According to the RCMP, it intends to use this new software to broaden its monitoring of online communications, ranging from group buying sites like Groupon to online collaboration sites like Wikipedia, location-based sites like Foursquare and social bookmarking sites like Digg, on top of social media sites like Facebook and Twitter. It is also looking to use the tool to analyze text within images, to analyze sentiment of online messages, and to be able to analyze the information collected based on location.

This extensive surveillance and collection of individuals’ online activities raises troubling questions about the impact on fundamental rights enshrined in the Canadian Charter of Rights and Freedoms.

In their recent report, To Surveil and Predict, researchers Kate Robertson, Cynthia Khoo, and Yolanda Song at the University of Toronto’s CitizenLab documented extensively how algorithmic policing and mass surveillance can violate and undermine the rights of individuals and entire communities. These tactics result in increases in policing of already over-policed populations, particularly BIPOC communities, further entrenching systemic racism. Moreover, predictive policing and mass surveillance undermine the right to privacy; freedoms of expression, association; freedom from discrimination and the right to equality, to due process; and freedom from arbitrary detention.

For several years, the ICLMG coalition has raised concerns about the growth and impact of mass surveillance in Canada, particularly under the premise of combating terrorism and other public safety threats.

“In our coalition’s work, we have seen the negative impacts stemming from state surveillance of Muslims and Arabs in Canada, and of Indigenous people. But this clearly goes further, with implications for racialized and marginalized communities across the country,” said McSorley. “Once again, if the RCMP and the Canadian government are serious about addressing systemic racism and protecting civil liberties, they would act immediately to halt this over-reaching surveillance program, and commit to ending mass surveillance.”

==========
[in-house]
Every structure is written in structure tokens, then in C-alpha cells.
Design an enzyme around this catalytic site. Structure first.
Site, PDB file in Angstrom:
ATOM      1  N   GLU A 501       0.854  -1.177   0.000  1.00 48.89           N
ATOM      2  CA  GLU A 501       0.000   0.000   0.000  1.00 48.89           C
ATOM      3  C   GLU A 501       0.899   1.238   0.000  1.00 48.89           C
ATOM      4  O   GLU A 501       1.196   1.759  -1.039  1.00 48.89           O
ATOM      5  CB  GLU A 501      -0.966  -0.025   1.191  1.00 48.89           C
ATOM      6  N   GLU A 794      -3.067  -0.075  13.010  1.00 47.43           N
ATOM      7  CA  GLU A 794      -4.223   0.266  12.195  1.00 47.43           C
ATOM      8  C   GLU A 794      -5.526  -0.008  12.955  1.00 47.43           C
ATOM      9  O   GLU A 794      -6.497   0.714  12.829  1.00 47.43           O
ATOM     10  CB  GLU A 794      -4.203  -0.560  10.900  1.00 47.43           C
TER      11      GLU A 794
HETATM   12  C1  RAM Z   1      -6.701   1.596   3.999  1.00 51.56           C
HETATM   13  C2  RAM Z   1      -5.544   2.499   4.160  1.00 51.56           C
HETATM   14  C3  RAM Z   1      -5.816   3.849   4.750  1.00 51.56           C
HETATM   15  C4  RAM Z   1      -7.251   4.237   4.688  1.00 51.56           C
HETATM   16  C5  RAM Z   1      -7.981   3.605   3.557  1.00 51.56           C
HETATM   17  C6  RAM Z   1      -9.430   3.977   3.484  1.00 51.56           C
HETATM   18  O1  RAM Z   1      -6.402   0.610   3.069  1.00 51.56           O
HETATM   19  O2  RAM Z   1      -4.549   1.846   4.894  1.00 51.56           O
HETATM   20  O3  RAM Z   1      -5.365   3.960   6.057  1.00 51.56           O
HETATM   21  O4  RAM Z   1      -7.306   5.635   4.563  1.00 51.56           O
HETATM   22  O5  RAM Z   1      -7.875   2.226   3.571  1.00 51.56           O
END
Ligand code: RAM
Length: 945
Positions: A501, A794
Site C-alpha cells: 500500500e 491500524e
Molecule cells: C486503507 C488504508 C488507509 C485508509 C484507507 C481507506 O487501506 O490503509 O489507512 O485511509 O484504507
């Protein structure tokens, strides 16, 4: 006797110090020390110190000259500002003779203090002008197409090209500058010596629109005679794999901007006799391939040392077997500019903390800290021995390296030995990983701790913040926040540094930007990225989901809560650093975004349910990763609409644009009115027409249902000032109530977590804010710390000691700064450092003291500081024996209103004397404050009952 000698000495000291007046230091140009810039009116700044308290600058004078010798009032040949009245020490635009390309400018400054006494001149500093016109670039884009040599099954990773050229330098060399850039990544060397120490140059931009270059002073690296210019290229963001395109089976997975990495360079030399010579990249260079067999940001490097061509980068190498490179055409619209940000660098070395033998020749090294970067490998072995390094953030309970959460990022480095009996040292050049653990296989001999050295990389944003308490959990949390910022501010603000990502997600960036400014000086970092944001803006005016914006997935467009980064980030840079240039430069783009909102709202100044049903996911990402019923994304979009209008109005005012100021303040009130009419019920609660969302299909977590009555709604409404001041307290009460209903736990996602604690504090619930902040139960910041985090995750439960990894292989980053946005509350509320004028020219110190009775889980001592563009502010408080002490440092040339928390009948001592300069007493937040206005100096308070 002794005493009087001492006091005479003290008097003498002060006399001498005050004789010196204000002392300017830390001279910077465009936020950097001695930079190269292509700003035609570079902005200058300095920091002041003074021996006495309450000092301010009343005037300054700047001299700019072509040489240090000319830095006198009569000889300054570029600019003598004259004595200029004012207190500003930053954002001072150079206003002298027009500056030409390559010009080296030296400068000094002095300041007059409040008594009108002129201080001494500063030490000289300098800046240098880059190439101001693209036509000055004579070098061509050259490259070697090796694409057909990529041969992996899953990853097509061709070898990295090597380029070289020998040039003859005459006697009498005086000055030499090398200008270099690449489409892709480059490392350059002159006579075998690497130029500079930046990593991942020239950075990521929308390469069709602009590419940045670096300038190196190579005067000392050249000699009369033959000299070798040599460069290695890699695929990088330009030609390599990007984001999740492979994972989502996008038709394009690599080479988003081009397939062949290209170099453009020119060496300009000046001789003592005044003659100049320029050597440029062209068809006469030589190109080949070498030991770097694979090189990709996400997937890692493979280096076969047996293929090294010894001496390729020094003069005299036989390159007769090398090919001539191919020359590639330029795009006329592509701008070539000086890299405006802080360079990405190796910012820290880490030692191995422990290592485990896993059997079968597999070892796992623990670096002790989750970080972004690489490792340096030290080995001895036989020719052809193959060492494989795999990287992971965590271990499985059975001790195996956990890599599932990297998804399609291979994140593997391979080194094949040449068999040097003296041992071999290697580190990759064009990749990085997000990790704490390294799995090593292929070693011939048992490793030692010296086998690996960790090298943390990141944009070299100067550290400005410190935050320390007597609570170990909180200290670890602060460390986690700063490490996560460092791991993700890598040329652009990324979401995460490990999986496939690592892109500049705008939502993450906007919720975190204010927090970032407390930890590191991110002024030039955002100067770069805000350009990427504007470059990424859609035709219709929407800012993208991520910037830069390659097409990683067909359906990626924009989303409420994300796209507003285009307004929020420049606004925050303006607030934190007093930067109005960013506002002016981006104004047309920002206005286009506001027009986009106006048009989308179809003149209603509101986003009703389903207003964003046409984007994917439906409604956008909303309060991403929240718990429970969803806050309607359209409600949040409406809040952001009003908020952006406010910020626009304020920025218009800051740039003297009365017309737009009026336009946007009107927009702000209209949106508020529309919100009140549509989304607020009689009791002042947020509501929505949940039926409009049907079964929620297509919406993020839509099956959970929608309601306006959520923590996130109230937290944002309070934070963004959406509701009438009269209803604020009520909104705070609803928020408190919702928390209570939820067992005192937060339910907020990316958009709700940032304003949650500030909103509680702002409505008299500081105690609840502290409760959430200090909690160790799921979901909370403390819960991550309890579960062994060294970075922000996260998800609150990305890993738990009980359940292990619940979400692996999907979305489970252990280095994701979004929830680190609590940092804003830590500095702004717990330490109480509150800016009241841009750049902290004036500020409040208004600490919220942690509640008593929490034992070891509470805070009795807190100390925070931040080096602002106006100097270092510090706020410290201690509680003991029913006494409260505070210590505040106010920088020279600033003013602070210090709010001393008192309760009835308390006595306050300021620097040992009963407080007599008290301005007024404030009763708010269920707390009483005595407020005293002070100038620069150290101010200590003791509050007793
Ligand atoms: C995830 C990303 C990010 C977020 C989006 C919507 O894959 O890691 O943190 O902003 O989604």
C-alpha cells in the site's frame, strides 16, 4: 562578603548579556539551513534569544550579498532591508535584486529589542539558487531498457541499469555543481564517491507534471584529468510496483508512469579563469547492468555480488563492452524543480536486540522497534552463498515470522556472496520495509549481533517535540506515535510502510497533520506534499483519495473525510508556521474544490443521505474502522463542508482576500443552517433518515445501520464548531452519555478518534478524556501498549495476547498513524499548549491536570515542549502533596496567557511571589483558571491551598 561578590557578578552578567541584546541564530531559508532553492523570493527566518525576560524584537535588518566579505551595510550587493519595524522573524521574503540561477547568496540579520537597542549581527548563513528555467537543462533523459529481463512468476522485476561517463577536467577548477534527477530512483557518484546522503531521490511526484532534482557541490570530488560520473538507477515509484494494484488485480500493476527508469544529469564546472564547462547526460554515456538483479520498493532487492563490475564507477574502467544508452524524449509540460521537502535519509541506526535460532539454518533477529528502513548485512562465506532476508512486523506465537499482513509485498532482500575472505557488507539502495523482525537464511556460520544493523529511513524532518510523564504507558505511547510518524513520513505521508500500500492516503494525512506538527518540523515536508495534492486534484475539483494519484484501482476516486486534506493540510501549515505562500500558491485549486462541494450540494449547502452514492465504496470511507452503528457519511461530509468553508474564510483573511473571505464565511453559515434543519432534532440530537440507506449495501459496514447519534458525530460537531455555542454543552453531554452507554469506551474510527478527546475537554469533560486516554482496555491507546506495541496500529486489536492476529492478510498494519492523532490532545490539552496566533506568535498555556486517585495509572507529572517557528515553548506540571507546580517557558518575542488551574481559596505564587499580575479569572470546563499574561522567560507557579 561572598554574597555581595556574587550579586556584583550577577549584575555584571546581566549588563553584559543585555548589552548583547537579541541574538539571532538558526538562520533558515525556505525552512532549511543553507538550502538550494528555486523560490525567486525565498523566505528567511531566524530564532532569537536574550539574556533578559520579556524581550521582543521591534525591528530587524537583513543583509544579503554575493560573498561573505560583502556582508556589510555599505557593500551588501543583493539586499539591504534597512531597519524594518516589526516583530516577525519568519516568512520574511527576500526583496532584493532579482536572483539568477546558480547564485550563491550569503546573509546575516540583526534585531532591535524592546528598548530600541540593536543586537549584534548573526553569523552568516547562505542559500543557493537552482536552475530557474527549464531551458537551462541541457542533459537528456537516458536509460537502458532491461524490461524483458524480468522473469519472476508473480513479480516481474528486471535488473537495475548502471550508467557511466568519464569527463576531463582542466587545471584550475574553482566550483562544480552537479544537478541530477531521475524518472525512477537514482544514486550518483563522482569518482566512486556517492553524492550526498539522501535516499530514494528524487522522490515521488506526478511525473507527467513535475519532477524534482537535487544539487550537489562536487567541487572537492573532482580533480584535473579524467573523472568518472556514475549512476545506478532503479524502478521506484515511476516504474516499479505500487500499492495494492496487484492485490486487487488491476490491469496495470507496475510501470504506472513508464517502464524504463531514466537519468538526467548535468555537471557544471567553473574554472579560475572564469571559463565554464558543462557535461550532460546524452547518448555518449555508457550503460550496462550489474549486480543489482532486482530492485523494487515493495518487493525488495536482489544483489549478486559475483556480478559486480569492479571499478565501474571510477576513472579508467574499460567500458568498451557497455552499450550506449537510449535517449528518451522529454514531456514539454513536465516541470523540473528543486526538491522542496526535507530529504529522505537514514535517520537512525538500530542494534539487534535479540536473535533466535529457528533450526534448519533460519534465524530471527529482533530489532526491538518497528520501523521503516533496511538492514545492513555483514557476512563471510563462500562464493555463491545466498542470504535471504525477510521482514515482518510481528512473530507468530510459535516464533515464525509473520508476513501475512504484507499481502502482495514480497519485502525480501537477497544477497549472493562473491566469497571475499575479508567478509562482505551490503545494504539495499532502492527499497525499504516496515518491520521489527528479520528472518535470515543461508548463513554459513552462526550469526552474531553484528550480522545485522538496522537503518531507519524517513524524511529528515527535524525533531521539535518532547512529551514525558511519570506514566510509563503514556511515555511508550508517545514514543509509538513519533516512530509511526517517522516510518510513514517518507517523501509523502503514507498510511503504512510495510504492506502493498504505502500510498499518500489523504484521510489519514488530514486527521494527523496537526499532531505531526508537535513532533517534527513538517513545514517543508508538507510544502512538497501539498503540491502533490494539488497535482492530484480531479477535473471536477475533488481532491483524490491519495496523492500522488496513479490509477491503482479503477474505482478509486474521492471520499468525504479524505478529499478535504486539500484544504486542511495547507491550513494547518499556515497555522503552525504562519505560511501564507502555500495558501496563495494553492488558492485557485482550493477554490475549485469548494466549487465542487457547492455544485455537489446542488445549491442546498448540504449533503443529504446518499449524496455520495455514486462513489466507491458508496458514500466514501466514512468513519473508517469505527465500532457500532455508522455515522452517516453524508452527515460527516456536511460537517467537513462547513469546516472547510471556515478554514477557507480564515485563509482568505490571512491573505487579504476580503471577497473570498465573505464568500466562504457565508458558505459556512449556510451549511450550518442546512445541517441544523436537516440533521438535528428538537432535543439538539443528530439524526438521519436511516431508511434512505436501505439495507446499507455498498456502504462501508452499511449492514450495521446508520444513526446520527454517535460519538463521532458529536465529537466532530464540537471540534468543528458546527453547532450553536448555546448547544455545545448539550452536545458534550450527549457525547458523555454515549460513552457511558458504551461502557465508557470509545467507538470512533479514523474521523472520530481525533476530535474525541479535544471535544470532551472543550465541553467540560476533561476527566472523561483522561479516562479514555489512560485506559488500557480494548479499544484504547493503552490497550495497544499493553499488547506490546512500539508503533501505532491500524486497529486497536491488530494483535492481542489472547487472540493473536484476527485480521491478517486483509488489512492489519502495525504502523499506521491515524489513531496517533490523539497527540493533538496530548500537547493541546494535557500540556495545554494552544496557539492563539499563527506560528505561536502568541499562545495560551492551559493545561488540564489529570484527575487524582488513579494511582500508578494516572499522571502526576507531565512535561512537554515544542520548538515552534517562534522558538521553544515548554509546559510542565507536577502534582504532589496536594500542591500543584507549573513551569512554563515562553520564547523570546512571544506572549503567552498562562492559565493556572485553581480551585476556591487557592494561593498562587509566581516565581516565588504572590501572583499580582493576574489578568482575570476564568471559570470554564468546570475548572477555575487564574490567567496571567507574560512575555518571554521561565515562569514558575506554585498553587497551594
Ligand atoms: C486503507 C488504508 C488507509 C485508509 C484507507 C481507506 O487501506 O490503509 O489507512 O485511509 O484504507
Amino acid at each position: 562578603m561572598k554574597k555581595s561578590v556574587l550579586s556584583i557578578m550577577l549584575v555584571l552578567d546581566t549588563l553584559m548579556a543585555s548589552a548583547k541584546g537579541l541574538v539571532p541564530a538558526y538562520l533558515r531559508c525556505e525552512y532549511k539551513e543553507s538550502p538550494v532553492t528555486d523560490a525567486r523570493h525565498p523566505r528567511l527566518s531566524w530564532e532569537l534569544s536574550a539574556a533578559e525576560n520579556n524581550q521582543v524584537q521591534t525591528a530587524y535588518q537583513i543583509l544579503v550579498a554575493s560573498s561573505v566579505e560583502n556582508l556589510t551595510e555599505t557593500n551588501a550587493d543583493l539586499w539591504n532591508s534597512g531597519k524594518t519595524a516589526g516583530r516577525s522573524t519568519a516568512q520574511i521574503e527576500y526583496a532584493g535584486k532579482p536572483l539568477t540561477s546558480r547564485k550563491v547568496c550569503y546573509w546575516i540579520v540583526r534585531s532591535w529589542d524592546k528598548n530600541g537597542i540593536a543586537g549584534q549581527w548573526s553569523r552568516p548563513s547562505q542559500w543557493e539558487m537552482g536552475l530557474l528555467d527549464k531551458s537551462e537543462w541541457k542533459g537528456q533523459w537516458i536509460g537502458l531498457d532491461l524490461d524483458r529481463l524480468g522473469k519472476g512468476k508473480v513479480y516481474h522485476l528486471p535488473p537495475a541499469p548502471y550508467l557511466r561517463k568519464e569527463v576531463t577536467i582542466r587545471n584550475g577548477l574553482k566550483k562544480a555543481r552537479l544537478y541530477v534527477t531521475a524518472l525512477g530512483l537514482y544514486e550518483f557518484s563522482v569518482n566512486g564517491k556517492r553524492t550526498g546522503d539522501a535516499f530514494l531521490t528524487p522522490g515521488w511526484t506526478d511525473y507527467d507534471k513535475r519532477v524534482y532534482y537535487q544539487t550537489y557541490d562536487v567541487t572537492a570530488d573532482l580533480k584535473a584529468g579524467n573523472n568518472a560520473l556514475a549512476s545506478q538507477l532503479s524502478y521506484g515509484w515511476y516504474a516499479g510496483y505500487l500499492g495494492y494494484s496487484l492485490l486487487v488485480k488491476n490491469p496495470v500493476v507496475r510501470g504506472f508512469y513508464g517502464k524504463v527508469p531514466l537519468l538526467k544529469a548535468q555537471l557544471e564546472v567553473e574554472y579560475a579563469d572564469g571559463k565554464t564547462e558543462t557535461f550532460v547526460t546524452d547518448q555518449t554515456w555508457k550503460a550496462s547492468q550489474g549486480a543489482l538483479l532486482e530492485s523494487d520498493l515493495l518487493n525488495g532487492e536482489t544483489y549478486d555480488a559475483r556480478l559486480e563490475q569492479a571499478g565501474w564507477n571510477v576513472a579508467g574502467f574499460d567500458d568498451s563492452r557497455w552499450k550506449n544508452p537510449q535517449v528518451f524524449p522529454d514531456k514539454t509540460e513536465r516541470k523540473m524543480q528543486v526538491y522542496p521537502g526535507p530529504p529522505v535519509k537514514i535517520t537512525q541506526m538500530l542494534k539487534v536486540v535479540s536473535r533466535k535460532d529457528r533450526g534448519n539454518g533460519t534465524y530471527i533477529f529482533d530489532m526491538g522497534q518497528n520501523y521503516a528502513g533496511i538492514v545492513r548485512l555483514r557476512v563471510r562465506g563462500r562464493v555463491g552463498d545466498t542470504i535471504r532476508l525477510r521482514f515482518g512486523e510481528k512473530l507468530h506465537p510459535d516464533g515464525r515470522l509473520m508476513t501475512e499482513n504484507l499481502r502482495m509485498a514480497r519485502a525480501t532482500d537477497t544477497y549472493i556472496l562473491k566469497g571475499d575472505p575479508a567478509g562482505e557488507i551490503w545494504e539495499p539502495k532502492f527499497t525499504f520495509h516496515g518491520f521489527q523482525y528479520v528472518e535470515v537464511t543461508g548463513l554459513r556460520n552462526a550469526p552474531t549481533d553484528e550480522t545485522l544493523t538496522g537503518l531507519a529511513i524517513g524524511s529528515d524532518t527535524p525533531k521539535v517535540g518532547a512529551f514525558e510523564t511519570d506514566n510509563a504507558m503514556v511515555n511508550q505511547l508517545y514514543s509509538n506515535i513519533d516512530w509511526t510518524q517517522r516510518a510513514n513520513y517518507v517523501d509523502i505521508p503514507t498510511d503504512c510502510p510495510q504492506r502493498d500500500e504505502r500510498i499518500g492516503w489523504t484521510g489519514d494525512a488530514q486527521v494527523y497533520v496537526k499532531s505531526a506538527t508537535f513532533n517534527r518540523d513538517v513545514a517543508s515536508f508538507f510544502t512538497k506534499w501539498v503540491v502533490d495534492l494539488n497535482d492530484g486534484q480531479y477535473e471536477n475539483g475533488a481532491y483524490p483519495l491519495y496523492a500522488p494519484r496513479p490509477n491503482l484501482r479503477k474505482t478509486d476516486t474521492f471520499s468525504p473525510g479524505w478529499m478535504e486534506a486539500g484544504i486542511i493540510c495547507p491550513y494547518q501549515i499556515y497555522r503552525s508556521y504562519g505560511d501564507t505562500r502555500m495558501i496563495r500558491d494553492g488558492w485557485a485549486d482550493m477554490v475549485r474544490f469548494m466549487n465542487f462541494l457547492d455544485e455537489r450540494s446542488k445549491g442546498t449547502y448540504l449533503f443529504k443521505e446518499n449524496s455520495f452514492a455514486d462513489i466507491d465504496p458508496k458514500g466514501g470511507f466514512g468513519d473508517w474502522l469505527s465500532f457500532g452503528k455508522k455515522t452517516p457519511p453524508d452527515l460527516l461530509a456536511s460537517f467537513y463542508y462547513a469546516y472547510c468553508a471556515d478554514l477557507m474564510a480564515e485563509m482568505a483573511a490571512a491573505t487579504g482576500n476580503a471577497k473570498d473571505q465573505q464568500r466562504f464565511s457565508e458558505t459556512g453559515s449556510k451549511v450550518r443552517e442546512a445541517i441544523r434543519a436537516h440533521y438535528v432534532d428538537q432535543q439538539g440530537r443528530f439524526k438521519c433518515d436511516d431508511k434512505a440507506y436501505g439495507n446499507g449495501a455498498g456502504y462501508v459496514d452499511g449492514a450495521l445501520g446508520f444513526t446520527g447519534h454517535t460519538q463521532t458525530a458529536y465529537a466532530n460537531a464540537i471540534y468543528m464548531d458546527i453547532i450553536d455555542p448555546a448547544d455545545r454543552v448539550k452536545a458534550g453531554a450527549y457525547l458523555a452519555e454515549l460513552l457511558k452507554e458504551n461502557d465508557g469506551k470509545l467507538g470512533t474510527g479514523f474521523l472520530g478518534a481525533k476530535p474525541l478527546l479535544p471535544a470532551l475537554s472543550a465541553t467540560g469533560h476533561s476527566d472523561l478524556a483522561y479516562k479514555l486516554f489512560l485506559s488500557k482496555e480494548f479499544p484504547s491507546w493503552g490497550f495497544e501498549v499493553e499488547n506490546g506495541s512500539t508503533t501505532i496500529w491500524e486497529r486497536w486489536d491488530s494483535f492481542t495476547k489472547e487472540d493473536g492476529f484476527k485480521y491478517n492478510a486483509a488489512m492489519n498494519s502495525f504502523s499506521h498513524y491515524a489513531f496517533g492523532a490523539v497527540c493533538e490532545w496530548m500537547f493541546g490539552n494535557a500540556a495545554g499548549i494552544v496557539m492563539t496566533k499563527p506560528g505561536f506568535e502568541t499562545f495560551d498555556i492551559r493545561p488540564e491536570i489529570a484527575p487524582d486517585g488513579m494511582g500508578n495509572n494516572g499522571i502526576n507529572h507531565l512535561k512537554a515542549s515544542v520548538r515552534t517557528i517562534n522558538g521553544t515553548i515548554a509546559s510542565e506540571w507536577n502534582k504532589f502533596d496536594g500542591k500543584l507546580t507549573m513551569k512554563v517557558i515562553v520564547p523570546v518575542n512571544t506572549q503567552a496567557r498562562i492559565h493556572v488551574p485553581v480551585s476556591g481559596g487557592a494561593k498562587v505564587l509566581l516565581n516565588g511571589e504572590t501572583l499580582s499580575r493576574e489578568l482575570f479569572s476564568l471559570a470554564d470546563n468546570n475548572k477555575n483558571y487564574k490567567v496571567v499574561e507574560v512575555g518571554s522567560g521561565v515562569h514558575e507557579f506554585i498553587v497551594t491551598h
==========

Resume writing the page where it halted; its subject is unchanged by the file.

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New revelations of spy agency’s unlawful activities and misleading courts shows need for concrete action and accountability

OTTAWA, Sept. 2, 2020 – A federal court decision released at the end of August has revealed yet another case of the Canadian Security Intelligence Service (CSIS) engaging in potentially illegal activities to gather intelligence in support of a surveillance warrant. The decision also reveals that in applying for the warrant, CSIS not only withheld exculpatory information regarding the warrant’s target, but also misled the courts in how it presented other information.

The new revelations came as part of the ongoing efforts by lawyers for Awso Peshdary, charged with terrorism offences, to have a surveillance warrant issued against him in 2012 quashed. Presiding judge Justice James O’Reilly had originally dismissed the request in 2018, but is now reconsidering his decision given the new evidence.

This egregious breach of CSIS’ duty of candour – to make full and frank representations to the courts when applying for a warrant in an ex parte (secret) hearing – is in addition to another scathing Federal Court decision from Justice Patrick Gleeson, made public on July 16. In that decision, Justice Gleeson found that CSIS had also misled the courts, this time regarding illegal actions carried out as part of their intelligence gathering activities.